Feb 18, 2015

Deciphered: Blacker the Berry Sweeter the Juice by @Best_ofda_Worst

Everything black, I don't want black
I want everything black, I ain't need black
Some white some black, I ain't mean black
I want everything black

Greetings and Happy BLACK HISTORY MONTH to all my brothers and sisters of all shades, hues, and complexions. Peace to all my melanin kings and queens and thanks to God for the blessings of varieties of chocolate, caramel, and all the different flavors of tone that is draped upon our shoulders. We proudly walk this earth with velvet veils of ebony that neither withers nor tears as we brace all conditions that we face in our blessed, beautiful, black, lives.

If you aren’t speaking like that after hearing this song then either you are, deaf or you are still trying to decipher some of the many possible different meanings flurried all over this track.  This might be the blackest song I’ve heard in many years, but as you know K Dot is good for giving you music that you longed for.  I am not a 100% sure where to begin with this track cause I can sit here and break down each and every line with my opinion of what I think he may be trying to tell us, but I might need a couple chapters to be able to fully convey that message. At any rate here's what I think of Kendrick Lamar’s The Blacker the Berry

I kind of broke down as Kendrick telling the story of someone coming into age around these hectic times that we are living in. This is a story of youth who are trying to find a path in life. Struggling between the path of a black militant or will he become influenced by the things around that swallows up many youths in the inner city.  The bridge of the track could allude to current times of Blacks rioting in the streets over the Mike Brown verdict in Ferguson. The next line he says he gets off watching us die in vain, its crazy isn’t it? But black don’t crack. Maybe he was made to enjoy seeing his people suffer which is why it isn’t so crazy after all.  

The first verse I looked at it as the character coming into knowledge of self; he is getting a clear picture of where he is from and what this country thinks of him. He shows he knows he is from Africa and claims it proudly he shows how proud he is of his African heritage. He is also aware of the hate this country has shown him and through it all he embraces it.  He is aware of the jabs attacks that are put in place on the black man through different ways and means could be drugs could be jail, but through his knowledge he is able to free himself, but as stated in the first line he is a hypocrite.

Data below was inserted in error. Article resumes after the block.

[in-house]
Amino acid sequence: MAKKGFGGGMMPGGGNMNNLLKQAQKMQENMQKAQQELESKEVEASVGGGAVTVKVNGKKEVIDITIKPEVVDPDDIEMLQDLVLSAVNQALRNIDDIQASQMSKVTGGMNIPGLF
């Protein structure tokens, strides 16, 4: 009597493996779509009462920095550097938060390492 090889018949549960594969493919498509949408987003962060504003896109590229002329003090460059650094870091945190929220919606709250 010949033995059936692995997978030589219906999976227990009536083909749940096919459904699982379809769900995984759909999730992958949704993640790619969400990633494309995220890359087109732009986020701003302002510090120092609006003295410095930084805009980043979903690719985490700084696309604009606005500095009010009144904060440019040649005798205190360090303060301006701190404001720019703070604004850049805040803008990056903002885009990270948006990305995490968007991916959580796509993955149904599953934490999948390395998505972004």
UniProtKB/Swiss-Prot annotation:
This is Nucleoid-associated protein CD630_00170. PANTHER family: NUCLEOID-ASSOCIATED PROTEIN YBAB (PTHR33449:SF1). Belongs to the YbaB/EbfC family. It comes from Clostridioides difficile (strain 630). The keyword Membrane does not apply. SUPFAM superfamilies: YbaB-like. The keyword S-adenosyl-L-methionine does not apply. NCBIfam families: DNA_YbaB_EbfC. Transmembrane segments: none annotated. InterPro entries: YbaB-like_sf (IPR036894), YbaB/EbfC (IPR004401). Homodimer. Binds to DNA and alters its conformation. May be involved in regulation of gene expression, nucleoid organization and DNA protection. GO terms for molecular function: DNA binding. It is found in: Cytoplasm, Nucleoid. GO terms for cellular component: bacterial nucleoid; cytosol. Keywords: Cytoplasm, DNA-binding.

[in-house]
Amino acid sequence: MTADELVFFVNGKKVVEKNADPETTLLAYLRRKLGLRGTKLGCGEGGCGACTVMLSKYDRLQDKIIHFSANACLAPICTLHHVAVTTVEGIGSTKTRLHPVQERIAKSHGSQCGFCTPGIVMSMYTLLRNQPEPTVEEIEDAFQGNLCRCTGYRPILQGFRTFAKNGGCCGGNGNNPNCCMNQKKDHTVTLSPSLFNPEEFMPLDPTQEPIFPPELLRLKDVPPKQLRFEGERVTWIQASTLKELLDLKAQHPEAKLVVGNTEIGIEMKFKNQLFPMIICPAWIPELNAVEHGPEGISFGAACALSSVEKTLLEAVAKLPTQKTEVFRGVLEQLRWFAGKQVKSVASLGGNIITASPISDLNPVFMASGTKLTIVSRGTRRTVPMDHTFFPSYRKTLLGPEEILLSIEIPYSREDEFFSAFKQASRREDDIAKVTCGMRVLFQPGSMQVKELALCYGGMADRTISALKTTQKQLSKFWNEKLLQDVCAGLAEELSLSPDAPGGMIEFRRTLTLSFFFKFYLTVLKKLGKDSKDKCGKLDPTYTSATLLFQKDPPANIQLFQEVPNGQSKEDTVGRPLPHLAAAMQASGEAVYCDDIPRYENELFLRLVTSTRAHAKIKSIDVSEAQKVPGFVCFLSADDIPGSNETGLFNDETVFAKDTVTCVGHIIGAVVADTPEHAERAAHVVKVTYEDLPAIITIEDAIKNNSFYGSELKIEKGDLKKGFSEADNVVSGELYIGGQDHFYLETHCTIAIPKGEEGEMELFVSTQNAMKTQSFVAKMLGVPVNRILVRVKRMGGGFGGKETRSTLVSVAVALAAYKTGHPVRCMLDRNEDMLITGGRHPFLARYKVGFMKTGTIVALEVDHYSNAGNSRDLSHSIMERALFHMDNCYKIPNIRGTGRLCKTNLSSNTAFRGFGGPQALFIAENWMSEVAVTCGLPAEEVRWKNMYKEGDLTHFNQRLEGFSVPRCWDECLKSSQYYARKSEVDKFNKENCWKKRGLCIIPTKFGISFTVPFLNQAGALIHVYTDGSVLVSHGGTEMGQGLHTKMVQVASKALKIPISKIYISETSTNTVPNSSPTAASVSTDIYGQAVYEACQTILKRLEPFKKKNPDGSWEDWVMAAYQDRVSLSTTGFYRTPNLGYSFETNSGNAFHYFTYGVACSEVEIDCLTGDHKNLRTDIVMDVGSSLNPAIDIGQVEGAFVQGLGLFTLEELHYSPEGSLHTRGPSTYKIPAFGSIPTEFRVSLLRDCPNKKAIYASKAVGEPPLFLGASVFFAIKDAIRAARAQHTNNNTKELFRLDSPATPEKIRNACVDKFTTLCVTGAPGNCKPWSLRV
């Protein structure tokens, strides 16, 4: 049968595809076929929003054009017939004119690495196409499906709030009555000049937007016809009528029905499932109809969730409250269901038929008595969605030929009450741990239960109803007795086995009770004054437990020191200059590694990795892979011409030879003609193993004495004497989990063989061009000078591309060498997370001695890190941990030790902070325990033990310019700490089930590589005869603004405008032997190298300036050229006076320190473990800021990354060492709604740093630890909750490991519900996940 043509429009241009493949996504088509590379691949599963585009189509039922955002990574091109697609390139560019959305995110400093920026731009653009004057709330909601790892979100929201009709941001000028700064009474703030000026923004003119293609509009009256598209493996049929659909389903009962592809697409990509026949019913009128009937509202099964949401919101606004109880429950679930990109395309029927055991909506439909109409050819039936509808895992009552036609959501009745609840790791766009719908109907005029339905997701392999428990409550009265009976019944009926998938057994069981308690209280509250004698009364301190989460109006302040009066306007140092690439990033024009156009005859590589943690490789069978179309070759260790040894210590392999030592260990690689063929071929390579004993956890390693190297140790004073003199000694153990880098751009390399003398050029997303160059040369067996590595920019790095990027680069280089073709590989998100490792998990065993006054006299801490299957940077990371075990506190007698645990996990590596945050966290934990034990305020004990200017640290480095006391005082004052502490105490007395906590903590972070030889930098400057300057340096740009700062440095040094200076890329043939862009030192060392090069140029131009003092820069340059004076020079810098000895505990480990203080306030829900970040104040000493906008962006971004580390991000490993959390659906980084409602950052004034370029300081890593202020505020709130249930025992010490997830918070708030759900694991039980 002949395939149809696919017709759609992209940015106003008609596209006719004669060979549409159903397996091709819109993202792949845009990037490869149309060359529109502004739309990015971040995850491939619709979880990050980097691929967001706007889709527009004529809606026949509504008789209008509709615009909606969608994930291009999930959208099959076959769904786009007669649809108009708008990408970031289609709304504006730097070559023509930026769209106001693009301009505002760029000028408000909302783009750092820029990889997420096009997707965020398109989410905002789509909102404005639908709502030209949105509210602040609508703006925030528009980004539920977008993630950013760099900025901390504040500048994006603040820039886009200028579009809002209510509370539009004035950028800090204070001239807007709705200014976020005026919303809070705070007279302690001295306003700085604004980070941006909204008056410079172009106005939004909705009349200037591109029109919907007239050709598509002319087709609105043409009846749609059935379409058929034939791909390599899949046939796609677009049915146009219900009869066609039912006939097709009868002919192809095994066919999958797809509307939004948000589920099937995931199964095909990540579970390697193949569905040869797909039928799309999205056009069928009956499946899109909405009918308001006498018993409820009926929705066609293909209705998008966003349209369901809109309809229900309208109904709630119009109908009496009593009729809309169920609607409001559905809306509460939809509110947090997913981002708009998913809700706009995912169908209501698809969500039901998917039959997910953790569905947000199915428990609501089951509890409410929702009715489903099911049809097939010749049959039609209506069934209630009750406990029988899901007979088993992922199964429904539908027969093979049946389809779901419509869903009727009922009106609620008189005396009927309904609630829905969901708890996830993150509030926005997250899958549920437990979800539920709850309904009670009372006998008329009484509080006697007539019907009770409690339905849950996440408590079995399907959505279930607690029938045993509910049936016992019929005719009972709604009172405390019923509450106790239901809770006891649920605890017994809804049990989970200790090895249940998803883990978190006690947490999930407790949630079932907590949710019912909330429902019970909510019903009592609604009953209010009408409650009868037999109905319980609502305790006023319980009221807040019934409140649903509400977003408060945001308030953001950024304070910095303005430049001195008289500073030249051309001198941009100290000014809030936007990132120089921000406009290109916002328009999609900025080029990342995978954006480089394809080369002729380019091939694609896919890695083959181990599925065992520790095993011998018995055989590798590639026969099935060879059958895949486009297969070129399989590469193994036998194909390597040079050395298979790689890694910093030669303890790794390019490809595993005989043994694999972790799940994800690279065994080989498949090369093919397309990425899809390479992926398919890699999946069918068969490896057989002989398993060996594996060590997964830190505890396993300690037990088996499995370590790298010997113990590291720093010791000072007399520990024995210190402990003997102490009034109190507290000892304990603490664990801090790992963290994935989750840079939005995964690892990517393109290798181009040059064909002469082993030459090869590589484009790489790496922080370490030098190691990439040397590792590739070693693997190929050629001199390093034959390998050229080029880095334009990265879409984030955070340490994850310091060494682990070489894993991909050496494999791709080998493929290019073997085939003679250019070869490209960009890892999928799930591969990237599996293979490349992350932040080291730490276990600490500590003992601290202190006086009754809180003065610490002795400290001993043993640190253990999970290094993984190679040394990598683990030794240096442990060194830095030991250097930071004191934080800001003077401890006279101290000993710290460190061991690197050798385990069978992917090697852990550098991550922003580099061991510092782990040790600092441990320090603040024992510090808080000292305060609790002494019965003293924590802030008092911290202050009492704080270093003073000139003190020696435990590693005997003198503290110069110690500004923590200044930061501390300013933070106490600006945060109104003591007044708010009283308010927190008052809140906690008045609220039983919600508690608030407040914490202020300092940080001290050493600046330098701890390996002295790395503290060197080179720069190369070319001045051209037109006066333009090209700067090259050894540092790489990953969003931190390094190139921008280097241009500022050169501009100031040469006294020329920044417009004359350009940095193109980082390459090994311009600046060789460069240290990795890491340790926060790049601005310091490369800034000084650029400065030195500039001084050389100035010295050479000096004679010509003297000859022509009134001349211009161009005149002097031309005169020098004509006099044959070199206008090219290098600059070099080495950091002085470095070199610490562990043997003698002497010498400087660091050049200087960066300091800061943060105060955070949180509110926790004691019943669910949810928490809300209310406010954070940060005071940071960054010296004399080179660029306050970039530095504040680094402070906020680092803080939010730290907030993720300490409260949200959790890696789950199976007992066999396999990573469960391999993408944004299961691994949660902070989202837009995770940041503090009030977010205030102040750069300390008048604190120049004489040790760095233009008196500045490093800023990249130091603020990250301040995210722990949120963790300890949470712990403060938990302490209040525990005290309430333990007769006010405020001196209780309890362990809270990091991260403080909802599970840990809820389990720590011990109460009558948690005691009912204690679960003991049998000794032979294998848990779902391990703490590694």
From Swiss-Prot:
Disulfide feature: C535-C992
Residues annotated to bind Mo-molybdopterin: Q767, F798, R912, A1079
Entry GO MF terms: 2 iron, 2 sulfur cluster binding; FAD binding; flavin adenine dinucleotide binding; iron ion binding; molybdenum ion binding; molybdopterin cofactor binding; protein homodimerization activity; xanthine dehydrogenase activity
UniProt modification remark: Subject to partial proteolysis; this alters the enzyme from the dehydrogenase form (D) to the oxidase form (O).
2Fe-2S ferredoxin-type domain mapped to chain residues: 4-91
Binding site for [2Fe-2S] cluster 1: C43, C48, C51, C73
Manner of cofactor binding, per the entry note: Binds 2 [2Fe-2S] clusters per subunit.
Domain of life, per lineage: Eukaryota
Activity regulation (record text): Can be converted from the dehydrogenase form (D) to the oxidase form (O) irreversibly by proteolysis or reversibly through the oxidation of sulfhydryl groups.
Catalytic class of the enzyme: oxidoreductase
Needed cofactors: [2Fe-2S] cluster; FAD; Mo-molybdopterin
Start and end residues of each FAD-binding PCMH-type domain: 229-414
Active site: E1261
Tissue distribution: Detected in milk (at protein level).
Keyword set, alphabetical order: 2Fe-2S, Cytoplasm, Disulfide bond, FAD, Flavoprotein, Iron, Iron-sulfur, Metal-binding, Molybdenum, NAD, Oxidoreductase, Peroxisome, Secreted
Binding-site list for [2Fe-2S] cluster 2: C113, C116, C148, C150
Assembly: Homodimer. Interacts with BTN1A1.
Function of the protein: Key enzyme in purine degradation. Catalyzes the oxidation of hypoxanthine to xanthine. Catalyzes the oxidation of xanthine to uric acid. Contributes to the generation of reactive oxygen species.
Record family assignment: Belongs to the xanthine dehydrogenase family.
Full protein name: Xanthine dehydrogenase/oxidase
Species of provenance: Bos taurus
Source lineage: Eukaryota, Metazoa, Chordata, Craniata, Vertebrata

Second verse the character addresses that of all people in society that blacks are looked down upon so much more than anyone else; as if blacks. Especially in this society were blacks males are painted out to be criminals so much so that their only place where they fit in is the prison system, with so much negative statistics to go against a black man its almost dooming us to believe this is our only fate, hence the character of this song saying:

“I mean, it's evident that I'm irrelevant to society
That's what you're telling me, penitentiary would only hire me
Curse me till I'm dead”

Even through all that the character is able to somehow make it though that and become successful by what he and his peers define as success it was through all the hate fed to him that he had to disprove that he was meant for jail or any other stereotype for black men.

Now the third verse:

So why did I weep when Trayvon Martin was in the street?

When gang banging make me kill a nigga blacker than me?


Not going to lie when I first heard this song I blasted this on full volume and was jamming and I felt myself fully involved in the lyrics and then this last verse came up.  Pissed me and several other people off;  It echoed back to his last interview with when he said black people don’t respect themselves so how can we expect other people to respect us.  Coming from a person who marched chanting "Black Lives Matter" and hearing Kendrick say that I wanted to pull him to the side off camera and talk to him one-on-one like “bruh man, wtf are you talking about!?” I gave myself some time to let this track settle I thought to myself maybe this song isn’t about him per say, or even all black people, maybe it's about the gang members throughout the country who have killed other people through black on black violence. That would be why he kept calling himself the biggest hypocrite throughout the song, and if it is about him maybe its his way of admitting that he does not see himself to be the hero that everyone else does. This song could be self admittance that he is in fact part of a problem that this country faces.  If that’s true than if I were him I would stop mentioning about killing people on record, other rappers do it all the time true, but I feel like he would be the only that would be arrested for it.  

All in all this is a great song. It does what a hip-hop track is supposed to do. It caused an uproar and has us thinking, but thinking in a dignified way and not the usual cheap shock value tricks that we’ve all grown accustomed to. I really like this track I can go on and on about it touching different POVs I have of it and numerous discussions can be had.  I am highly anticipating the album, whether it pisses me off or not I am dying to hear it.  


Multimedia Journalist, Founder and Chief Editor of WTM Host of A-Side B-Side Podcast and more. I like to talk about stuff and write it down. Sometimes to a microphone. Either way, I need you to feel this.

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